Climate concerns for autistic children

Stressful life events of the mother during pregnancy can also influence the brain development of the child.
Image used for representational purposes only
Image used for representational purposes only

CHENNAI: A 2021 study published in the Indian Journal of Pediatrics estimates that 1 in 68 children in the country are affected by Autism Spectrum Disorder (ASD). The prevalence of autism is higher in boys than in girls, with a male-to-female ratio of about 3:1. “In the last 20-30 years, the commonness of autism has increased. Earlier, it was one to two per cent, but now, it is up to 5-6%,” says Dr Jaichitra Suresh, senior consultant, department of family medicine, MGM Healthcare. This Autism Awareness Month, CE looks at the effects of climate change on expecting mothers and children with autism.

Autism is a neuro-developmental disorder, a lifelong condition where the cause is usually unknown. Various factors may lead to it. “Some 100 genes have been studied to find out the origin, but the results are not specific. Genetic predisposition with environmental and biological factors leads to the problem. The brain development starts in the first trimester. So there was a proposal to see if the birth month of the child has a result on the increase the risk of autism,” she says.

Mothers, take notes

Dr Jaichitra notes that studies conducted in Finland and Sweden show that if a child is born during the fall month (August), the risk of autism is increased. Whereas, it is decreased in the spring months (April). When the same study was conducted in Denmark, Norway or Australia, there was no correlation between the season and the month of childbirth. “For a child to be born in summer, the mother has to conceive in winter, the season of increased risk of viral infections. Whether that affects brain development in the child has to be looked into,” she shares.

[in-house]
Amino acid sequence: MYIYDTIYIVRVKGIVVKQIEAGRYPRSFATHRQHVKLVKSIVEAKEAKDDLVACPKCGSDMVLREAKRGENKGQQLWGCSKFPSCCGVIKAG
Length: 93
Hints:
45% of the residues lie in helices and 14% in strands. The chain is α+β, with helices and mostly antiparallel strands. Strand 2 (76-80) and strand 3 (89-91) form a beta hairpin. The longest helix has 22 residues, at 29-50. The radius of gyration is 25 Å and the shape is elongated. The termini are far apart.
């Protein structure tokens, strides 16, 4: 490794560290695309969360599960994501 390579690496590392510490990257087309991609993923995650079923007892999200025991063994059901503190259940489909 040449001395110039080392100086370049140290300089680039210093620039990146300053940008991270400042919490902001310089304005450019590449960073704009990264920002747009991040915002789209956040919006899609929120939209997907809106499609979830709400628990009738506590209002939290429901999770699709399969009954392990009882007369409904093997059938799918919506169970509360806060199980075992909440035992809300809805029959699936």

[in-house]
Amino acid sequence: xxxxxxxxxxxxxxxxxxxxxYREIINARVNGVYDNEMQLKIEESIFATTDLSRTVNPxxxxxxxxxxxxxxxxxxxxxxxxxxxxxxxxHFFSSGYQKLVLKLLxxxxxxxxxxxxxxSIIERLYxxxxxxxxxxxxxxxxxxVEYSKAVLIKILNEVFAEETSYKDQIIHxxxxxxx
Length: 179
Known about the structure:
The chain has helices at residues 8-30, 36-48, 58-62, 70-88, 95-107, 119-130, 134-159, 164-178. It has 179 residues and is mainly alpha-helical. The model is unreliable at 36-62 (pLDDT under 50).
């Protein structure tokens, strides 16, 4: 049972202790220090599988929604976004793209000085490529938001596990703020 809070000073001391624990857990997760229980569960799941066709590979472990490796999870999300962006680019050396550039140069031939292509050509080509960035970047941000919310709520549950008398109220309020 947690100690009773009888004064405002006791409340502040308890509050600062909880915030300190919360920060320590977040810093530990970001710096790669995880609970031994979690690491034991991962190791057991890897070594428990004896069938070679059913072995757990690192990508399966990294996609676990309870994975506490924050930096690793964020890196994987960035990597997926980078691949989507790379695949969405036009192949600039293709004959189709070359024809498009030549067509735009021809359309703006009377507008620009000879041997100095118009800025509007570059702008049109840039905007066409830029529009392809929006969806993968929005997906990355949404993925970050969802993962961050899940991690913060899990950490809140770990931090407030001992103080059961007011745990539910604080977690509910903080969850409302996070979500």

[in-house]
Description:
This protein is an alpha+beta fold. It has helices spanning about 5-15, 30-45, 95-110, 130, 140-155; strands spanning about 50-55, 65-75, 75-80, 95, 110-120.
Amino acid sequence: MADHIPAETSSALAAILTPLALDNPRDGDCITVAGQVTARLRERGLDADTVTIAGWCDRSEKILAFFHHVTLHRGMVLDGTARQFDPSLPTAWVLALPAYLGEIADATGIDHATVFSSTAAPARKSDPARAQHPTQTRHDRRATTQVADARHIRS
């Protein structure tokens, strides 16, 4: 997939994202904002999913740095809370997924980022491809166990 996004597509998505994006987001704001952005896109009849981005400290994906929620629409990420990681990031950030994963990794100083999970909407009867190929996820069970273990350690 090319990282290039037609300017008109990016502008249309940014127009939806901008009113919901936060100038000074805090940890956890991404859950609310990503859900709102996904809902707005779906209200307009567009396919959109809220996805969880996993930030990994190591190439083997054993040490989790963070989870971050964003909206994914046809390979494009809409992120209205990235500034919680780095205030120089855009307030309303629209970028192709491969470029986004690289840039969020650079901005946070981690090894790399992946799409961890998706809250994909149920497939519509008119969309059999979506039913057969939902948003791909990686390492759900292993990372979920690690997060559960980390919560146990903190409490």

Stressful life events of the mother during pregnancy can also influence the brain development of the child. During this stage, Vitamin D is also equally important. Its deficiency can also be a factor. “The mother has to balance it out. She has to have adequate exposure to the sun. Also, seasonally there will be some changes in the mother’s food habits. It is not possible to consume every fruit and vegetable throughout the year. When there is a change in consumption it affects childbirth,” says Dr Jaichitra.

Other reasons, including maternal obesity and gestational diabetes mellitus, can also be resulting causes. The mothers-to-be should adapt themselves to the environment and have a balance of physical activities and diets. “It is also advised that the mothers take rubella vaccinations to reduce the risk of the disease on the unborn child,” adds the doctor.

Children characteristics

A child with ASD cannot express what he/she needs or wants. They have issues with adapting to new situations, social interaction, and communication, both verbal and non-verbal. Many tend to repeat a certain behaviour and others contemplate doing the same activity. Along with that, children with autism are prone to sensory difficulty, and climatic changes such as extreme cold or heat waves are likely to have an impact on the behaviour of the child. “Clothing is most common and it differs from season to season. These kids have problems with certain kinds of clothing, wherein certain differs from person to person,” explains Jaichitra. Disliking certain foods because of the texture or the colour.

Sensory difficulty includes walking under the sun, as “high-end autistic people may be seeing it in patterns. The sensory issues are challenging to assess because they won’t be in a position to tell us this is what is bothering them.” A solution to this can be talking and helping them prepare for the change in environment. “When you make them feel comfortable for what is about to happen, it can be attending a family function or getting a haircut, it takes time for people with autism to process things but when you sit closer and explain, improvement can be noticed,” opines Dr Jaichitra as she asks us to empower autistic voices, the theme of 2024.

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